Divorce is generally a tumultuous time, no matter when it occurs. Financial issues are a common cause of strain during the divorce process, from how resources will be divided to alimony or childcare payments and which assets are included in the calculations. But you may be surprised to learn that those who divorce after the age of 50 are in for even more complicated financial situations. Read on to find out more about how divorces later in life differ from those earlier in life, especially from a financial perspective.
Gray Divorce as a Growing Trend
According to research, divorce rates have been going down overall for most populations. Interestingly, the divorce rate for people over the age of 50 has been increasing in recent years. Researchers cite a number of factors in this increase, including the stigma around divorce lessening; changes in laws that have made divorce a more accessible option; and the fact that life expectancy and quality of life have both increased, which means people over 50 may want to start a new life without a spouse more often than they used to.
While there’s no single reason that older couples are divorcing, this new trend, referred to as gray or grey divorce, has introduced complications for those going through the divorce, particularly when it comes to financial issues.
Lengthier Marriages Mean More to Divide
Often, people divorcing after the age of 50 have been married for a longer time than those seeking divorce earlier in life. Typically, the longer the marriage then the greater chance of spousal support being ordered, especially when one partner earns more than the other.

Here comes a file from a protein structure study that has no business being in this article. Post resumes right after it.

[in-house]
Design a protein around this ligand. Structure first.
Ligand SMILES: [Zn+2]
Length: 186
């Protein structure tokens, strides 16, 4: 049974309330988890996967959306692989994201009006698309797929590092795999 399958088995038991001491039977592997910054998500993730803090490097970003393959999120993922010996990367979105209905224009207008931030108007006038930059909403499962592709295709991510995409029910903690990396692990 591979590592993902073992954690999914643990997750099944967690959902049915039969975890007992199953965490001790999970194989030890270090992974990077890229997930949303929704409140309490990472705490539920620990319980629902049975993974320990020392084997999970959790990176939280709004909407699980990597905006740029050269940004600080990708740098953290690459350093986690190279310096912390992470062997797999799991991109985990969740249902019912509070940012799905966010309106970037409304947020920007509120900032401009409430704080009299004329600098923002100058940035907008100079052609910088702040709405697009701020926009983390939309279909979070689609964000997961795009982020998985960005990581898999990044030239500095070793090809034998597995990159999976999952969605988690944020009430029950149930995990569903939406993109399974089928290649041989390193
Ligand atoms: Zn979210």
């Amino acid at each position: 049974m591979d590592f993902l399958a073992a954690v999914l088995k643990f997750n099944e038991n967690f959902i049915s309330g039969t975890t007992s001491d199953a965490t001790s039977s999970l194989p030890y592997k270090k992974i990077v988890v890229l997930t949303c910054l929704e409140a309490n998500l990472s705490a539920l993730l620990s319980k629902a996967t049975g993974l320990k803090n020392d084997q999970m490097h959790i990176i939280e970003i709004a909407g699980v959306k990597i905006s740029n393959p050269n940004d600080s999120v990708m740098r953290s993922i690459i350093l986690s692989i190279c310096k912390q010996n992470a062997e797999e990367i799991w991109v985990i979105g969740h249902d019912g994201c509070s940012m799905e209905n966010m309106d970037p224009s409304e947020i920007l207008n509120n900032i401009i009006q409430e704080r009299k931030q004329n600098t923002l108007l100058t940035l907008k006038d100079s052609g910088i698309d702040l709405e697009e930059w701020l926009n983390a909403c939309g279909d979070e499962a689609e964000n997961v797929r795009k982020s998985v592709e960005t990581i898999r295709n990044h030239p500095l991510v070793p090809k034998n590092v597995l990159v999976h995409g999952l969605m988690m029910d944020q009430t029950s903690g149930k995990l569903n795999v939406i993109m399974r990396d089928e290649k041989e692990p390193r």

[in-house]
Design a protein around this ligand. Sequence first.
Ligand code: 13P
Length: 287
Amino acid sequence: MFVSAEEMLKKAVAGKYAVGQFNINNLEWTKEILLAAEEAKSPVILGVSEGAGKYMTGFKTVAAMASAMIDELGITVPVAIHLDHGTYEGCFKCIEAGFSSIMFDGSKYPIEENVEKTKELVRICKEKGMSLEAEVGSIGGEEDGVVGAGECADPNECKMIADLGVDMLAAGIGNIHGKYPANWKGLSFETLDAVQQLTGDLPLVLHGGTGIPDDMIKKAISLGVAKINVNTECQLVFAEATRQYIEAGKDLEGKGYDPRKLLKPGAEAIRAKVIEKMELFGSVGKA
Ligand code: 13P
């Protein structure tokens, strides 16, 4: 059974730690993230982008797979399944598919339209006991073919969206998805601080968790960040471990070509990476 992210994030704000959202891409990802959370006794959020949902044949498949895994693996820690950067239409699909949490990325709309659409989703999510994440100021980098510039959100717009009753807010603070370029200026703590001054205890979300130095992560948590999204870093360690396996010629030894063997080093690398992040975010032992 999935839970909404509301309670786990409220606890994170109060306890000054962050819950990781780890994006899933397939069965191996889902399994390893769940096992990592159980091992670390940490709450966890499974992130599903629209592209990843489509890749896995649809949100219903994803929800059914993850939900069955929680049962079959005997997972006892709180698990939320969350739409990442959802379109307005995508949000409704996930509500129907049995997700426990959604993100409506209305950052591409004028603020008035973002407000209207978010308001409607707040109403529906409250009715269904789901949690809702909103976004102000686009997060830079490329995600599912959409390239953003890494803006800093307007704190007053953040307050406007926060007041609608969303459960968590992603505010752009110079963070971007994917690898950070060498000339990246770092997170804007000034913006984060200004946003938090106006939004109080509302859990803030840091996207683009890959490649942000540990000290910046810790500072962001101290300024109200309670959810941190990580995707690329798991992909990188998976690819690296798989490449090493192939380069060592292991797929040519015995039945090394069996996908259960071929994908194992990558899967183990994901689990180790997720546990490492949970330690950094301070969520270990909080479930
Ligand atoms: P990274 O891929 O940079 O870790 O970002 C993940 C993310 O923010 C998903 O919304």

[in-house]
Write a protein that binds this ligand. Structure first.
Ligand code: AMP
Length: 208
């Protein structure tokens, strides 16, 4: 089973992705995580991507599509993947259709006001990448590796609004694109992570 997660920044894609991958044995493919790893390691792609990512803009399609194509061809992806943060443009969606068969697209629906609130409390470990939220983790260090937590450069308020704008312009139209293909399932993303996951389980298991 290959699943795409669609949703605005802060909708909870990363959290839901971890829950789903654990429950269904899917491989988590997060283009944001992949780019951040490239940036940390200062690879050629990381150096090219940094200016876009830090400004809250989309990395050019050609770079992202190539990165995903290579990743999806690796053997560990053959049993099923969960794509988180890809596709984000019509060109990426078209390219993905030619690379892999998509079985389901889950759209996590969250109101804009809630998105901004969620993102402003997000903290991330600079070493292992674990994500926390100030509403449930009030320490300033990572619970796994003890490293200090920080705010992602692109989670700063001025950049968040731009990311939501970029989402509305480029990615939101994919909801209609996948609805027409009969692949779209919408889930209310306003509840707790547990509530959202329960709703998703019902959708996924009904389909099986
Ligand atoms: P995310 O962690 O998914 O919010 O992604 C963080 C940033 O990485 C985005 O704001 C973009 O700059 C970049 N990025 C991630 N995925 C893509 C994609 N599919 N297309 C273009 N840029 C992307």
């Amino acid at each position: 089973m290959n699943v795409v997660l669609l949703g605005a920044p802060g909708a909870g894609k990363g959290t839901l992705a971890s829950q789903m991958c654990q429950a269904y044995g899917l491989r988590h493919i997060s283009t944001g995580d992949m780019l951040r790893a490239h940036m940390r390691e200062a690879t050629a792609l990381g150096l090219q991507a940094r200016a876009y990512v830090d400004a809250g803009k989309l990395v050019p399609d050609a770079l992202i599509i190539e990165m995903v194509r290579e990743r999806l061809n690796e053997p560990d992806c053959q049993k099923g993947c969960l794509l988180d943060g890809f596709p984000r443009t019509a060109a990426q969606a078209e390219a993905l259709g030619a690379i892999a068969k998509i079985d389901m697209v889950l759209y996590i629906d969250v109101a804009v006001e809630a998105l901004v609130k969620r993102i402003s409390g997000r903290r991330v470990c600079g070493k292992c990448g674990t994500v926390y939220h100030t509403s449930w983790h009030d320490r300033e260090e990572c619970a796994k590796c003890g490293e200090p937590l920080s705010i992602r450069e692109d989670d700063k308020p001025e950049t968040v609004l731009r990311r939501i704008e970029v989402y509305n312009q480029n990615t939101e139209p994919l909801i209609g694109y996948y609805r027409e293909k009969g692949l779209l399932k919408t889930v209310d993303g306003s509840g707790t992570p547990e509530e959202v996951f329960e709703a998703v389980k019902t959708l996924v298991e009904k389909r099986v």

At the same time, dividing a household’s assets is a bigger task when the couple has been together longer, as each asset needs to be identified as either separate property or community property, and then determine the division.
Tax Complications Around Retirement Funds and Entitlements
Another issue in gray divorce is how close individuals may be to retirement when they divorce. Wealth accumulated through retirement planning like a 401(k) or IRA can be divided in divorce depending on the start date and how the account was funded. However, taking money out of a retirement account early to pay a settlement with your ex-partner can cost you a hit on taxes, too. It is best to explore all options when considering retirement accounts.
Issues Around Getting Married Again
After a divorce, many people swear they’ll never get married again, but it ends up most of them (nearly 80 percent) will, and it actually becomes more common to remarry if you’re over 50. However, some divorced individuals are hesitant to remarry because it may end their alimony payments. This is especially a consideration for someone whose first marriage was longer, because they are more likely to have received a permanent or long-term settlement.
Estate planning, which is important for any couple, can be even more important for those who have divorced after 50 and wish to remarry. This is especially true if either individual in a second marriage has children. You may assume that your spouse will “do right” by your children after your death, but the truth is, they will have no obligation to do so if you haven’t spelled it out in your will.
Gray divorce may be a growing trend littered with complications, both emotional and financial, but with the right legal support, these landmines can be mitigated or avoided altogether. If you are looking to divorce or remarry, contact an attorney or call our firm at 505-872-0505 to discuss estate planning, family law, or prenuptial agreements.